In Australia: Mondays, 8.30pm, Ten
Politics is an area rife for fictionalisation – indeed, some would argue that it is already largely fictional – and some of the best TV comedies and dramas around the world have been set in the world of politics: think The Thick of It and Yes Minister in the UK, The West Wing and House of Cards in the US, Borgen in Denmark and Spin in France.
Australian politics is no less entertaining than the politics of any other country and Australian TV is now getting in on this act with shows such as ABC’s The Code. However, more traditional but equally innovative is Ten’s Party Tricks, which sees Victoria’s incumbent State Premier and Labor politician Kate Ballard (Asher Keddie from the much-loved Offspring) going up against Liberal politician and former journalist David McLeod (Rodger Corser). The slight hitch is that Ballard and McLeod had an affair several years previously and Ballard is worried that McLeod is going to drop this particular bomb at an inconvenient moment, despite the widowed McLeod playing the family card in his own campaign.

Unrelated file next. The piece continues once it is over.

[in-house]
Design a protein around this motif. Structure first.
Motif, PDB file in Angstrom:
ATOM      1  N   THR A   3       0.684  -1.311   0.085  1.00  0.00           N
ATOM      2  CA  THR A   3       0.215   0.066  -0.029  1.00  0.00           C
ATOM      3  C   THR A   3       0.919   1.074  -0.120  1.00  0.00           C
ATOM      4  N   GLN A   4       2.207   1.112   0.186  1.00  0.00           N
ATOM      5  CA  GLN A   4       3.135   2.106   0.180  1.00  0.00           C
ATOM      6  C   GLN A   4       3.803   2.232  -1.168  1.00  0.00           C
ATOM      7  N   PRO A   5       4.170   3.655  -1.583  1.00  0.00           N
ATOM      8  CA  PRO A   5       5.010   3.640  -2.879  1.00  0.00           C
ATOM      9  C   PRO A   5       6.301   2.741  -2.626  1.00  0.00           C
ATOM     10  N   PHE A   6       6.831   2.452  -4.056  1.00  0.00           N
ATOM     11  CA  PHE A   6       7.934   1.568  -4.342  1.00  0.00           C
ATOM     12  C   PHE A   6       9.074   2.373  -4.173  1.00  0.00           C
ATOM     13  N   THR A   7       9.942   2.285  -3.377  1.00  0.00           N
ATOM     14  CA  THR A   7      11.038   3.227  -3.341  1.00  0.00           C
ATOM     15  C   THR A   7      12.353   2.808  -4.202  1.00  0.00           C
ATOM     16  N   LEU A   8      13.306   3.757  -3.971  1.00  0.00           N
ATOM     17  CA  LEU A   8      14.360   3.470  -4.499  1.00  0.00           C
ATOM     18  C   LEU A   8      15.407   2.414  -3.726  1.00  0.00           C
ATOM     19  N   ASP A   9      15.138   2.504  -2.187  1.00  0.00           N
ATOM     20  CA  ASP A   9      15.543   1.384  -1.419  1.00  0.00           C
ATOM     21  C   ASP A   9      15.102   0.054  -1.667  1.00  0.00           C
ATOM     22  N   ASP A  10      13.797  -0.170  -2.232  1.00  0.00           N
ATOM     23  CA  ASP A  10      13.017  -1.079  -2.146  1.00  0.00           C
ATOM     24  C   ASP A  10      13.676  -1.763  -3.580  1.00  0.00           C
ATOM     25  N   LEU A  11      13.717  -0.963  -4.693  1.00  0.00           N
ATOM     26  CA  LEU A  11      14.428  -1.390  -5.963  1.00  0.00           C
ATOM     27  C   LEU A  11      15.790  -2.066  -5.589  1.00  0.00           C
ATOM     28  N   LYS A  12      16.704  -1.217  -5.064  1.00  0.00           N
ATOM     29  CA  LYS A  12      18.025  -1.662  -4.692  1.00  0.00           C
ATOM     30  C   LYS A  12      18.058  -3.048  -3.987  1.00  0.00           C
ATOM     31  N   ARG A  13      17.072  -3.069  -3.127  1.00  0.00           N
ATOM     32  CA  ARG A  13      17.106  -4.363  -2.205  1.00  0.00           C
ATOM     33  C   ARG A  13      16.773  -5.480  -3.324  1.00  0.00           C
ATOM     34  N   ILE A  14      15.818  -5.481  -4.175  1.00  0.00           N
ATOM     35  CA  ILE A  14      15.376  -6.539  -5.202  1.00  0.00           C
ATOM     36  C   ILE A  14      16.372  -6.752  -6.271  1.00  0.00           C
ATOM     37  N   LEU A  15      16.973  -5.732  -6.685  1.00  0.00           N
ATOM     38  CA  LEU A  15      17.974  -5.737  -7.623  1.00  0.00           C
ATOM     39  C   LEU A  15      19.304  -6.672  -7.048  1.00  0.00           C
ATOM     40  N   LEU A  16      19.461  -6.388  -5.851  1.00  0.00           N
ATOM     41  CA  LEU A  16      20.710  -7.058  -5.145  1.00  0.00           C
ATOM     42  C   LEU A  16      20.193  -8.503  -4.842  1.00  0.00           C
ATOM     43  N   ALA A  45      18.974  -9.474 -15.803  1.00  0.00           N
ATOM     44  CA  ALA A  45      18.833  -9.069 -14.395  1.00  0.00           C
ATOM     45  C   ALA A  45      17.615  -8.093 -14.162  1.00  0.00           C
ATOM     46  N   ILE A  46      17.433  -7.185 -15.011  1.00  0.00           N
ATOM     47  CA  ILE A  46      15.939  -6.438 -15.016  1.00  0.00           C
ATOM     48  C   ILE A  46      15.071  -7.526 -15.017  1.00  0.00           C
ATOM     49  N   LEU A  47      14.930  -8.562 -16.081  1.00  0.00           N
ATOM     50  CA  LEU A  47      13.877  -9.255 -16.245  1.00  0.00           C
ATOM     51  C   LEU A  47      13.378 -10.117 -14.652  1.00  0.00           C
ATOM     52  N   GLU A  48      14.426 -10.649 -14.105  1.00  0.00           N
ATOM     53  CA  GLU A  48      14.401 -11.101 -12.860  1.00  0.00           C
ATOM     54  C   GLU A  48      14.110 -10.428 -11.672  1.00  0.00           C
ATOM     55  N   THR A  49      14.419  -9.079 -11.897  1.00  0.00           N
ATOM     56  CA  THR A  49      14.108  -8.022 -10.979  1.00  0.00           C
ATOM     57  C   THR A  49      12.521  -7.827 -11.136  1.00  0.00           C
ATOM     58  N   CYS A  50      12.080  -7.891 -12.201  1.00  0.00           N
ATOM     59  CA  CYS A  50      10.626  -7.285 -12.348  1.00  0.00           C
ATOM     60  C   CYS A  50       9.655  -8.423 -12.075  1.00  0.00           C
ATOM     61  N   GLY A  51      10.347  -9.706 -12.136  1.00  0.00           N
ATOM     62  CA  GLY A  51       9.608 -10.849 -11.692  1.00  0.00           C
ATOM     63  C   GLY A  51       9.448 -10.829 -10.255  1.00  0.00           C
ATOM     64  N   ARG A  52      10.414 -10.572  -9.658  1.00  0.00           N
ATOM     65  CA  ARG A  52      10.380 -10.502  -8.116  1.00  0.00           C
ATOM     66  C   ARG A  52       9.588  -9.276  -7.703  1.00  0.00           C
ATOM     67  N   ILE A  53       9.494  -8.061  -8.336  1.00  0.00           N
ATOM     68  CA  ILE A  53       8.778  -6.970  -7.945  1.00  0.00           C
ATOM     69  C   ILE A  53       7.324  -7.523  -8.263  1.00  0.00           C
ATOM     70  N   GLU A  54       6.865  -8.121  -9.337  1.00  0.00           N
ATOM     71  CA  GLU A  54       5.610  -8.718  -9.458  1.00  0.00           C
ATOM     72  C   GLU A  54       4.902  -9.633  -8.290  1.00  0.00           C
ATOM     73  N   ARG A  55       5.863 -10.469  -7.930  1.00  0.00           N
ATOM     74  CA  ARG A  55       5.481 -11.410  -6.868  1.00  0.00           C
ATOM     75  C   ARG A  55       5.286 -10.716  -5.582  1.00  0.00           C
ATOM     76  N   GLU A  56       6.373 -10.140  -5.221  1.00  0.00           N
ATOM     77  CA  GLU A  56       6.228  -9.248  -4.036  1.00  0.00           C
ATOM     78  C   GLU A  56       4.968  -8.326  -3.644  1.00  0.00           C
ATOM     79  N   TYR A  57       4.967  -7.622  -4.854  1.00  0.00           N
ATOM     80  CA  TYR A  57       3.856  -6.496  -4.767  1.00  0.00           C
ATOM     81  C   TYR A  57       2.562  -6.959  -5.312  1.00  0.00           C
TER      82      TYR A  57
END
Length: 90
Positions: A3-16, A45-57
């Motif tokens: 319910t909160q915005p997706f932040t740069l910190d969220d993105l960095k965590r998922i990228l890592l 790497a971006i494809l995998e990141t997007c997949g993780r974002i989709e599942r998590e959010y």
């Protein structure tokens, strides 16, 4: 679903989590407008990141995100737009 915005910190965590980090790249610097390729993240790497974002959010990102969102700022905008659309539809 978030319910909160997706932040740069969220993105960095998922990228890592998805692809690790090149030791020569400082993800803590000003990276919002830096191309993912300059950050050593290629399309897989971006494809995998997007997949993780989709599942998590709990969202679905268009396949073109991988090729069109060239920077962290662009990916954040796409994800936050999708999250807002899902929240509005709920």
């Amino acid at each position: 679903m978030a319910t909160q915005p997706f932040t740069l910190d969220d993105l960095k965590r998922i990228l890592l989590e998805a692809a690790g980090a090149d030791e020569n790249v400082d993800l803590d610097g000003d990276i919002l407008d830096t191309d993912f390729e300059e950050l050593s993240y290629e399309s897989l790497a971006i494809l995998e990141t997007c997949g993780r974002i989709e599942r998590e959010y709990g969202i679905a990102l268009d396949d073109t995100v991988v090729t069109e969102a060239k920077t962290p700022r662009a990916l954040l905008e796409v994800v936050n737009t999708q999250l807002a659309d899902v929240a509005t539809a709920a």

Ten’s supporting the show with extensive fake social media activity, from Twitter feeds to web sites and campaign videos, which is a relatively innovative touch. Unfortunately, as with all this kind of '360º work’, more attention should have been paid to the script than to how many people get fooled by a fake Tweet and then smile wryly to themselves.
Party Tricks is ostensibly a comedy drama and while the show starts off pleasantly enough with a bewigged flashback to when McLeod and Ballard first met – and hated each other – slowly the corners of my smile descended as it became clear that was the best bit. It doesn’t help that Ballard’s main helper Wayne Duffy (Angus Sampson) is effectively just a gay Chris Addison in The Thick Of It, from lines through to delivery, making anyone who’s watched similar shows feel like they’re watching a re-tread of better things.
Lots of it play well, though, with Ballard and Duffy’s rewriting of statements to blur the truth a particular highpoint, and there are some genuinely funny physical comedy moments, such as Duffy’s dealing with the security systems at the Victorian government offices. But this is more a story about relationships than politics, and the relationship in question was between the frosty Ballard and the ‘big giant twat’ McLeod, and by the end of the first episode, I didn’t feel inclined to get to know either of them any better.
<INSERT JOKE HERE ABOUT THEIR NOT GETTING MY VOTE>
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